Tuesday, September 7, 2010

what's the plan, man?

I have been considering a variety of human rights issues in my shopping habits for a long time now. Due to questionable treatment of employees and pressuring of suppliers to provide goods at prices that undercut all competition (to the delight of most consumers), I have refused to set foot in a Wal-Mart store for over a year now. Friends and acquaintances of mine have also expressed how much they despise Wal-Mart, but many feel they have to shop there because they cannot afford the things they need anywhere else. This claim poses many questions, but entire web sites are dedicated to how much Wal-Mart sucks, so it would be redundant for me to go into this project only ranting about what a terrible company it is.

So what will be my personal commitment in this project? This has been a difficult thing for me to determine because I am a member of a household where two people earn income (mine may not be much, but I do contribute a little bit) and two people make purchases. I cannot dictate what comes into this house and I have to consider the wishes and needs of my family. I have also found that it is difficult to consider the ramifications of each individual purchase when children are whining that they want to go home while I ponder the need for Oreos or Cheez-its.

Unfortunately, I do not live in a bubble. My home and yard are small and could not possibly sustain my family even if I was a master gardener (oh—and in my county, it is illegal to own farm animals on the amount of land that I have). My time is also extremely limited because I am a graduate student, research assistant, wife, mother of two, room parent for the 1st grade, singer, and caregiver for my father. Moreover, I don’t know how to make toilet paper, toothpaste, American cheese, socks, SD cards, video games, Barbie dolls, etc. I am very glad that there are people who know how to make these things and do so for me. However, it is very bothersome to me that many of these items are made by people who could never afford to purchase them for themselves. My “simple pleasures” seem preposterous when I consider the poverty, repression, and destruction that might go into creating them for me.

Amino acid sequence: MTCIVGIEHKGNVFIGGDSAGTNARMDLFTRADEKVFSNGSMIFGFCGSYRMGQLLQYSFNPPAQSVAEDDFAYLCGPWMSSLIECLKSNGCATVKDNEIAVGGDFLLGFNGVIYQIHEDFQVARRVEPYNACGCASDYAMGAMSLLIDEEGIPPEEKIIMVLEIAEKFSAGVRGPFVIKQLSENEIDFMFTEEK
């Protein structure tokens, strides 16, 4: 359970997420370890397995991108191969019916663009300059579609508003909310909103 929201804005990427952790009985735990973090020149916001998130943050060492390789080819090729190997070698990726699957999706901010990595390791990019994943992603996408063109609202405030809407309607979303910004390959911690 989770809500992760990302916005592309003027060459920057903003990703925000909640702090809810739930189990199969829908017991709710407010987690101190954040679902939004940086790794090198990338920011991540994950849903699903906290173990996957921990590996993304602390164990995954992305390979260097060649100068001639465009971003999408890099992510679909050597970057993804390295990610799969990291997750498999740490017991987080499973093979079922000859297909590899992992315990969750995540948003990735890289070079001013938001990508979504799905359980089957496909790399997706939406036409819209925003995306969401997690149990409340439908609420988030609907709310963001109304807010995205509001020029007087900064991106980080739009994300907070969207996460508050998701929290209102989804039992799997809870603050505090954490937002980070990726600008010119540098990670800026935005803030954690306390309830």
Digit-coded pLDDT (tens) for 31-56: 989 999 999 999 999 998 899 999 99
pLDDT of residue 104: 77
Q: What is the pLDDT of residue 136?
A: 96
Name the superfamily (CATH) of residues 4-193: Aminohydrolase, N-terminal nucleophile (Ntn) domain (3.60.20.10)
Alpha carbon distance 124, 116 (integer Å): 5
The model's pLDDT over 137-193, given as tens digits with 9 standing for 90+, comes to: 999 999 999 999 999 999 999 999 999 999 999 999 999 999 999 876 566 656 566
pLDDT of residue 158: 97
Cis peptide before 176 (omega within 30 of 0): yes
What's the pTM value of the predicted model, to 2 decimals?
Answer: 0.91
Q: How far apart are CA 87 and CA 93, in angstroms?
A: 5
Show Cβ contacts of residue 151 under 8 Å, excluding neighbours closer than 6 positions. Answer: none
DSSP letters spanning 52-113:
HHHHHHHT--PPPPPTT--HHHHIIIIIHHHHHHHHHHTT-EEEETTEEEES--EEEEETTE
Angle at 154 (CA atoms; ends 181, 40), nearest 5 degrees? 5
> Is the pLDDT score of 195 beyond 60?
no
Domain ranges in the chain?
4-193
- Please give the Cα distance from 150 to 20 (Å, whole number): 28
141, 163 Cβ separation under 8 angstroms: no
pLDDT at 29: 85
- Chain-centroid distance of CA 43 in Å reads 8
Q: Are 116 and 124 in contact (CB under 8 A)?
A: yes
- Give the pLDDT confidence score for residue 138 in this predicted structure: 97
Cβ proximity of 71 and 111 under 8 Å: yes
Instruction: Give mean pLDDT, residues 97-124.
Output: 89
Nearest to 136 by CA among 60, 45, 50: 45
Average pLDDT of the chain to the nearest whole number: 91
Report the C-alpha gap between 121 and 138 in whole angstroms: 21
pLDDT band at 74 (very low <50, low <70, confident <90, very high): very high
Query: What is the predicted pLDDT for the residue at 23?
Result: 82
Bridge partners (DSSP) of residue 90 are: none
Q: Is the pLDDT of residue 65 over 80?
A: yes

So who makes the goods that we purchase? Where do they come from? Why are they available for so cheap? My contribution to this project will be to choose an item each week that my family uses and “cannot live without” and determine (as best I am able) its journey from raw materials to my home. Authors (i.e. Michael Pollan) have written entire books with similar themes, so this will not be an in-depth analysis, but I hope it will raise awareness about where our goods come from and how our need for things affects people around the globe.

1 comment:

  1. very cool project. if you're group cares to contribute, I'm in the process of creating a website that outlines the good, bad, and ugly of multinational corporations. viralconsumer.com